Google's replacement for third-party cookies on Chrome is being blocked by other platforms
What you need to know
- Third-party web browsers are speaking out against Google's FLoC technology.
- The Chromium-based browsers and search engines dispute Google's claim that FLoC protects user privacy.
- FLoC is currently being tested in the Chromium browser engine.
Google has been touting its new FLoC technology for some time, explaining how it can help preserve user privacy while giving advertisers similar results to third-party cookies. The technology, which is meant to eventually replace third-party cookies, is currently being tested in Google Chrome, but not everyone is happy about it. Advertisers initially pushed back on the technology, but now some of the best Chrome desktop alternatives that are speaking out against it.
In a series of statements, Brave, Vivaldi, and DuckDuckGo are all voicing their concerns over Google's FLoC technology, which groups users into "cohorts" based on similar browsing histories so that third-party advertisers can target groups instead of individuals. The idea is that the approach is less invasive and more anonymous than third-party cookies thanks to local data processing, as explained by our Jerry Hildenbrand. Unfortunately, not everyone agrees that it's the best approach.
The DuckDuckGo search engine was the first to speak out last week, highlighting how Google automatically enabled it for millions of users without first offering a choice:
Brave has called out Google's claims for FLoC as "misleading," since the problem with third-party cookies tracking users on the best Android phones mainly applies to Chrome:
Vivaldi highlights the large-scale problems with FLoC and how it can affect user-privacy in certain societies:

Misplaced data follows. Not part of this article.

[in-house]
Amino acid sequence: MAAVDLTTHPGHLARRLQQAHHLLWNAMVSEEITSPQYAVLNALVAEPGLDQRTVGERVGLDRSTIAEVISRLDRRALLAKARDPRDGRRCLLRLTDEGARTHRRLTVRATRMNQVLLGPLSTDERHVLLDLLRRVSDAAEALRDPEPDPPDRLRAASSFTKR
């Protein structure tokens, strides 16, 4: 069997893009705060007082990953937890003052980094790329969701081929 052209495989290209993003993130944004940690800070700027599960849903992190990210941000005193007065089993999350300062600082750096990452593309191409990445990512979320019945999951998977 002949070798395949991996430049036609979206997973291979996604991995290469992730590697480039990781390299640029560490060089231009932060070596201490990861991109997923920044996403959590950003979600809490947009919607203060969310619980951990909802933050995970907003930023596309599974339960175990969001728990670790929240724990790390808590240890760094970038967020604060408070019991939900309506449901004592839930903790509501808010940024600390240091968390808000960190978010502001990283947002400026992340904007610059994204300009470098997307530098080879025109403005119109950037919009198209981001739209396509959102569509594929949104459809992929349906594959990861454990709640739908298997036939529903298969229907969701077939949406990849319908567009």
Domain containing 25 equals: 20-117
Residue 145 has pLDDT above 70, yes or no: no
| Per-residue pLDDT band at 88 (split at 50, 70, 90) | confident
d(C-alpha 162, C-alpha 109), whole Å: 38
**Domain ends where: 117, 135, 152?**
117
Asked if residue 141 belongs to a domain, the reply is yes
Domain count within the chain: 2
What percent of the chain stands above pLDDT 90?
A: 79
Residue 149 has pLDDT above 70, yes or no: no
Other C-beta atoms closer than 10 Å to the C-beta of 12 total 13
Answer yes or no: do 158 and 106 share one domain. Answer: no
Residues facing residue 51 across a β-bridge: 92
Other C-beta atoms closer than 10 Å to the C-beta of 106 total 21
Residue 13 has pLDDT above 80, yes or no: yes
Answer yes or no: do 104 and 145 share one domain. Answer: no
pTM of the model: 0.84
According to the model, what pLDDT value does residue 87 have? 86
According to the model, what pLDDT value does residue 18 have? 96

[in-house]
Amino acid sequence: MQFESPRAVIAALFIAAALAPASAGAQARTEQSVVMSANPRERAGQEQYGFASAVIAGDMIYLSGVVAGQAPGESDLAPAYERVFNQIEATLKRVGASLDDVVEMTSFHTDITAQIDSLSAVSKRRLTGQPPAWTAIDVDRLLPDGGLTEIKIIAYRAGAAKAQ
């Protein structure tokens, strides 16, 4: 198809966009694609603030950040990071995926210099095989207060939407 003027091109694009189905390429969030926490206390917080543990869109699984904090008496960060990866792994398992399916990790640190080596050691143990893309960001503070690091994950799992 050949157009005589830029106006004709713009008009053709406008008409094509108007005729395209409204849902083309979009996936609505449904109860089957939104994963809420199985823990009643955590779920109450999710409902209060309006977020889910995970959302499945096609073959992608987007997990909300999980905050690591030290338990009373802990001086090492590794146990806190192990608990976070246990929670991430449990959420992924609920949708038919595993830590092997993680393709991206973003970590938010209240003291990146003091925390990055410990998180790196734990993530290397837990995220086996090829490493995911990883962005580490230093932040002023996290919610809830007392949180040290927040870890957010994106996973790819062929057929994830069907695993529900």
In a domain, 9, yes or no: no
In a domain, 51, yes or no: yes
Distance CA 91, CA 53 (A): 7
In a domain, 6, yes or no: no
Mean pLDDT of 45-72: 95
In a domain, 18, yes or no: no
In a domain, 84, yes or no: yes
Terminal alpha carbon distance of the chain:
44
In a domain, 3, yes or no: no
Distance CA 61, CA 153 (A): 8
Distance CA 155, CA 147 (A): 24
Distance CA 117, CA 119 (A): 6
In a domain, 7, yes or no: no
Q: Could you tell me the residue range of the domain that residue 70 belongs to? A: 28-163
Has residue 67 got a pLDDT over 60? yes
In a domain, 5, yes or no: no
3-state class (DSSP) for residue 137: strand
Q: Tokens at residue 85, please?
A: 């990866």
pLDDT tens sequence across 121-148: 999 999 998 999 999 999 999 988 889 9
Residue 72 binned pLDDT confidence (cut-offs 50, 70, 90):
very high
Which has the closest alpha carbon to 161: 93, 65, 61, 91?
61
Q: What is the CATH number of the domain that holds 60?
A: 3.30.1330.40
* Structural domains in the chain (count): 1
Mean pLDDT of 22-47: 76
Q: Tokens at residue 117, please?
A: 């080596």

All three platforms have blocked Google's FLoC technology, meaning anyone who uses them does not have to manually opt-out. If you do use Chrome and wish to disable FLoC, you have to go into your Privacy and Security settings and choose "Block third-party cookies." You can also make sure to make your Chrome searches invisible with Incognito mode, and while that alone won't stop ads from targeting you, enabling extensions like DuckDuckGo will.
Nonetheless, this is an unfortunate setback for Google's Privacy Sandbox, which is already getting some heat in an ongoing lawsuit against Google's monopoly over ads on its platforms. Google will have to do more convincing if it hopes to make this new technology a standard or go back to the drawing board and figure out a new way to collect our data.
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Derrek is a long-time Nokia and LG fanboy who loves astronomy, videography, and sci-fi movies. When he's not working, he's most likely working out or smoldering at the camera.
Why somebody still uses Chrome these days is beyond me anyway. There are faster, better and more private alternatives out there. If people weren't just too lazy to educate themselves! 🙄